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Saffron, one of the world’s most precious spices, provides a fragrant elegance to panna cottas. Combined with lemon zest (and no booze), this yellow-hued creamy fantasticness reminded me of the many Indian desserts I’ve enjoyed over the years. Here I paired the panna cotta with a blackberry syrup I adapted from my personal cooking bible, Mark Bittman’s How to Cook Everything. As much as my friends and I enjoyed the saffron panna cotta, we relished in the blackberry syrup. I served it on my morning bowl of oatmeal for a week.

Recipe for 2.5 cups

Adpated from this recipe by Gina DePalma

  • 1 packet Knox gelatin
  • ¼ cup milk (for blooming gelatin)
  • 2 cups heavy cream
  • ¼ cup sugar
  • ½ teaspoon saffron threads
  • Zest of ½ lemon

Sprinkle the packet of gelatin on top of ¼ cup milk. Set aside. In a small saucepan heat up cream, sugar, saffron, and lemon zest. Once sugar dissolves, set aside pan and let the saffron and lemon zest steep for 10-minutes. Strain the cream mixture to remove saffron and zest, and reheat until warm. Once warm, pour over the bloomed gelatin. Stir until gelatin dissolves. Refrigerate until set, at least 4 hours.

Blackberry Syrup (adapted from How to Cook Everything by Mark Bittman)

  • 1 cup fresh blackberries
  • 1 ½ teaspoon cornstarch
  • ¼ cup sugar
  • ¼ cup water

Combine blackberries, cornstarch, sugar, and water in a small saucepan over medium heat. Stir until syrup thickens. Strain, if desired. Spoon over set panna cotta.

Panna cottas, like all gelatin desserts, offer a blank slate for flavor experimentations. Here I combined two of my favorite things in the world – chocolate and almonds. The chocolate creaminess and boozy almond sweetness tasted divine. This was my first attempt at a chocolate gelatin mold, and am thrilled by limitless chocolate possibilities. Oh the fun I’m going to have!

To make the chocolate amaretto panna cotta, I adapted this recipe from William-Sonoma (I substituted milk for the mascarpone and added  amaretto). While most panna cotta recipes call for straight heavy cream, I prefer substituting some of the cream with milk. I find it creates a lighter, silky texture.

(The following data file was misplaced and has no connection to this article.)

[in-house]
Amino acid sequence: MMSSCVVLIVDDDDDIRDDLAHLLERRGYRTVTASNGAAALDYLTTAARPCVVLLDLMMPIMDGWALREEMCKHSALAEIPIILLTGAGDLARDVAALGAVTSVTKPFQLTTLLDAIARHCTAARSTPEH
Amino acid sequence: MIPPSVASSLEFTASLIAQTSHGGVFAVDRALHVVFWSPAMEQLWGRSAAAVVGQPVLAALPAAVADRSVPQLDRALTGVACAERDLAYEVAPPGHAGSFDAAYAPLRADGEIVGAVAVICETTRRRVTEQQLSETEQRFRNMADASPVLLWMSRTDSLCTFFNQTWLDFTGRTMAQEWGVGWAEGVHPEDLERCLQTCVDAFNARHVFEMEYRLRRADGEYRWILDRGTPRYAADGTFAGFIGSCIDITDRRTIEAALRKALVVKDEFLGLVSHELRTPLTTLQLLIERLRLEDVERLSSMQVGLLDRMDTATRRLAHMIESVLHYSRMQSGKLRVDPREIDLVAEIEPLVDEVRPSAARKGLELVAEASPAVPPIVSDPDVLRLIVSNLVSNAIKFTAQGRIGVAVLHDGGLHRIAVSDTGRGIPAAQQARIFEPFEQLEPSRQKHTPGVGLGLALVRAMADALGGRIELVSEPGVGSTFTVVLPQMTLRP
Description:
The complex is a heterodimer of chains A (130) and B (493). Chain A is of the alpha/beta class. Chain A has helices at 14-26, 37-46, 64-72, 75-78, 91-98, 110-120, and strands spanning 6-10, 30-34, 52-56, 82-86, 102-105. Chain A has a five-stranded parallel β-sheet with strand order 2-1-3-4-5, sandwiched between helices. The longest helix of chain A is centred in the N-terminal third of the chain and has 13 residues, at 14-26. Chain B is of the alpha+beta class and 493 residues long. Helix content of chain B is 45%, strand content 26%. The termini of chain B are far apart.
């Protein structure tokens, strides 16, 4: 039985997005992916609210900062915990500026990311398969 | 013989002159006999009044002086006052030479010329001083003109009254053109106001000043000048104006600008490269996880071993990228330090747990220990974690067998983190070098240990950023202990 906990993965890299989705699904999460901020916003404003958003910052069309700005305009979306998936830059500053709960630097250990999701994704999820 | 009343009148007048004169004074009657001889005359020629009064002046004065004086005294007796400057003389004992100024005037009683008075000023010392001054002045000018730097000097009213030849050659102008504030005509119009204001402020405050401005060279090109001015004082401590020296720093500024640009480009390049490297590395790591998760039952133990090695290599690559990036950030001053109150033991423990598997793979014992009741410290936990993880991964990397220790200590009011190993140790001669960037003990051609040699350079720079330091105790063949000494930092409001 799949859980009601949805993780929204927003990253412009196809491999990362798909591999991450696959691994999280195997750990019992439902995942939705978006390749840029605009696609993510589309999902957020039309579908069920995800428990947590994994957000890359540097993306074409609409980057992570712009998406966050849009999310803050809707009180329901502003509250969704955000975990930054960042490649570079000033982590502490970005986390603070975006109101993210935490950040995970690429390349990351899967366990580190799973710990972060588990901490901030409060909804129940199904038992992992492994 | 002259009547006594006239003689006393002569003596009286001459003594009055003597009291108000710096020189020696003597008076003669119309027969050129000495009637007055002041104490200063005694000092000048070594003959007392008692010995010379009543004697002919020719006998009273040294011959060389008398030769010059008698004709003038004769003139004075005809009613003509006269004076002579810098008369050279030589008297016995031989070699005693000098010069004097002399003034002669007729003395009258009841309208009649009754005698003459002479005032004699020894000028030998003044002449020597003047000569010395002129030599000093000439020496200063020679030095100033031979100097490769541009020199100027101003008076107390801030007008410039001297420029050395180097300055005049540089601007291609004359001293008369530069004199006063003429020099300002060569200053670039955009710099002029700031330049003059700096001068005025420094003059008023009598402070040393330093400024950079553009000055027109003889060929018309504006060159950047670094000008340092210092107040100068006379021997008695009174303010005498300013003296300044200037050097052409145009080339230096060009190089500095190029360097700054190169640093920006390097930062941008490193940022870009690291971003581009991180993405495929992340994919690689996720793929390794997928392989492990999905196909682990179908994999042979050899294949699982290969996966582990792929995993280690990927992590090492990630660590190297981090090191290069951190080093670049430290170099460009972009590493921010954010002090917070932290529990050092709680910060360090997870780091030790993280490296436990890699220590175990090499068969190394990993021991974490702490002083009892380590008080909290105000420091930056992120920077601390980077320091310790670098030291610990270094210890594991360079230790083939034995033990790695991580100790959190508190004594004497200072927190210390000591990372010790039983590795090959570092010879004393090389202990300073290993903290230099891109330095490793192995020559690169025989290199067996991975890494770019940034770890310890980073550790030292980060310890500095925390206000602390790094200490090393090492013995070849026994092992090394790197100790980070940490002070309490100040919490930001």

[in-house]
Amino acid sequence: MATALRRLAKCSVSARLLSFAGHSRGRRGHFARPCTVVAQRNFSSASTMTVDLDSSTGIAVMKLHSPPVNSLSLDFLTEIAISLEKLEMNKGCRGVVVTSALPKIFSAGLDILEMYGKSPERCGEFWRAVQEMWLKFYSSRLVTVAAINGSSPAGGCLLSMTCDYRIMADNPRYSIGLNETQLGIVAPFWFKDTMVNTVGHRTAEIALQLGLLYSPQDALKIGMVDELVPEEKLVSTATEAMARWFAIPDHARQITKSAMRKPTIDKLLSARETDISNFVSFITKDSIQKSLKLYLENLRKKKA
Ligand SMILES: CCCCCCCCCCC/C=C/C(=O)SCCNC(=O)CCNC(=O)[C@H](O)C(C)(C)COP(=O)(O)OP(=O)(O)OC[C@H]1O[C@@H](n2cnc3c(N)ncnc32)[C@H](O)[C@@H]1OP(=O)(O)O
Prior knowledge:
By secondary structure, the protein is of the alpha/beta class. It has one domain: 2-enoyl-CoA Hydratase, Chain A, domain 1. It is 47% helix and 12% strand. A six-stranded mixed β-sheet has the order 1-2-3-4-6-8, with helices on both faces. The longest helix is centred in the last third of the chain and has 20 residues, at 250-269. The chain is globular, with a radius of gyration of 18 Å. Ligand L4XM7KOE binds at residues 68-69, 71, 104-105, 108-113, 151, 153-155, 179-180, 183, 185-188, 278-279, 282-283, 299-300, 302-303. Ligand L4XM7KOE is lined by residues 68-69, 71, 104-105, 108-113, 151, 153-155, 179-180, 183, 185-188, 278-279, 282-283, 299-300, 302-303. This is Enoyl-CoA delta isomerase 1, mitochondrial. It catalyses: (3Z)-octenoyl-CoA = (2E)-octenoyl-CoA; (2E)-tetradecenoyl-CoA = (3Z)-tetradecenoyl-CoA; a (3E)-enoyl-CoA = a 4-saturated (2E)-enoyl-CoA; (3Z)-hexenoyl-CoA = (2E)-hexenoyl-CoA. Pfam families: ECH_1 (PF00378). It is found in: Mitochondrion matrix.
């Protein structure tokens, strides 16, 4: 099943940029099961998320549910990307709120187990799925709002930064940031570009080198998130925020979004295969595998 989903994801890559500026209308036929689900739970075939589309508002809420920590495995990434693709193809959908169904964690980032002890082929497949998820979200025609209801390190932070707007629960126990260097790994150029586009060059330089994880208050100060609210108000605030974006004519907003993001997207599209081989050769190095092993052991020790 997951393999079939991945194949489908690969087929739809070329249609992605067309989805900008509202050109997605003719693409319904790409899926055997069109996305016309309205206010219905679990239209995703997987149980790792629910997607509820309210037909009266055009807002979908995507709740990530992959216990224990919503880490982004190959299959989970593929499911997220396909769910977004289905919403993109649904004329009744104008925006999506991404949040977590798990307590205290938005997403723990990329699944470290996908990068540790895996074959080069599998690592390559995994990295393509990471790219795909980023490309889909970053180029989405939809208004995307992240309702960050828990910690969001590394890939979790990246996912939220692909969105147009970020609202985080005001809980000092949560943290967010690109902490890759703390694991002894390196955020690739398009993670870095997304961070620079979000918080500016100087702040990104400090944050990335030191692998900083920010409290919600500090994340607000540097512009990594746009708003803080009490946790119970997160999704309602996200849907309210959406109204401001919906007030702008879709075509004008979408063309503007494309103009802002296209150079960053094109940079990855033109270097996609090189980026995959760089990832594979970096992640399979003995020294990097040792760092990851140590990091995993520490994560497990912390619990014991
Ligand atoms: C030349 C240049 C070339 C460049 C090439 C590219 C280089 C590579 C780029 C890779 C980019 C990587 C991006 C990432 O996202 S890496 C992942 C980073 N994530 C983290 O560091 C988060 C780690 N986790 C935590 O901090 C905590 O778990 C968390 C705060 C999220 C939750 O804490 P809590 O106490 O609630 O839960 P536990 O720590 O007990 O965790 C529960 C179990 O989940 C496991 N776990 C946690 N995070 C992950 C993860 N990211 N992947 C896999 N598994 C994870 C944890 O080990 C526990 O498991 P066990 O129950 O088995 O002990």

Panna cotta, Italian for cooked cream, is an ancient dessert similar to the blancmange. Modern day panna cottas typically contain cream, milk, sugar, gelatin, and a vanilla bean with fruit syrup or sauce drizzled on top. This deceptively simple combination of ingredients can result in rich and creamy delightfulness.

The panna cotta seen here consists of heavy cream, whole milk, one vanilla bean, bloomed gelatin, and Lemoncello. The raspberry sauce has fresh raspberries, powdered sugar, and lemon juice. The cream and vanilla bean merged into an ivory yumminess I’ve only experienced in fine ice creams, while the lemoncello and raspberry sauce tempered the creamy richness.

Recipe for 2.5 cups

  • 1 packet Knox gelatin
  • ½ cup milk (for blooming gelatin)
  • 2 cups heavy cream
  • 1/3 cup sugar
  • 1 vanilla bean, seeds removed
  • 2 tablespoons lemoncello (or other fruit liqueur)
  • Raspberry Sauce:
  • 1 cup fresh raspberries, puréed, seeds strained
  • Powered sugar, to taste
  • Lemon juice, to taste

Sprinkle the packet of gelatin on top of ½ cup milk. Set aside for 5 minutes. In a small saucepan heat up cream, sugar, and vanilla seeds (do not boil). Once sugar dissolves, pour over the bloomed gelatin. Stir until gelatin dissolves. Stir in lemoncello, and spoon into mold(s). Refrigerate until set, at least 4 hours.

For raspberry sauce, combine pureed raspberries with seeds strained with sugar and lemon juice. Spoon over the set panna cotta.


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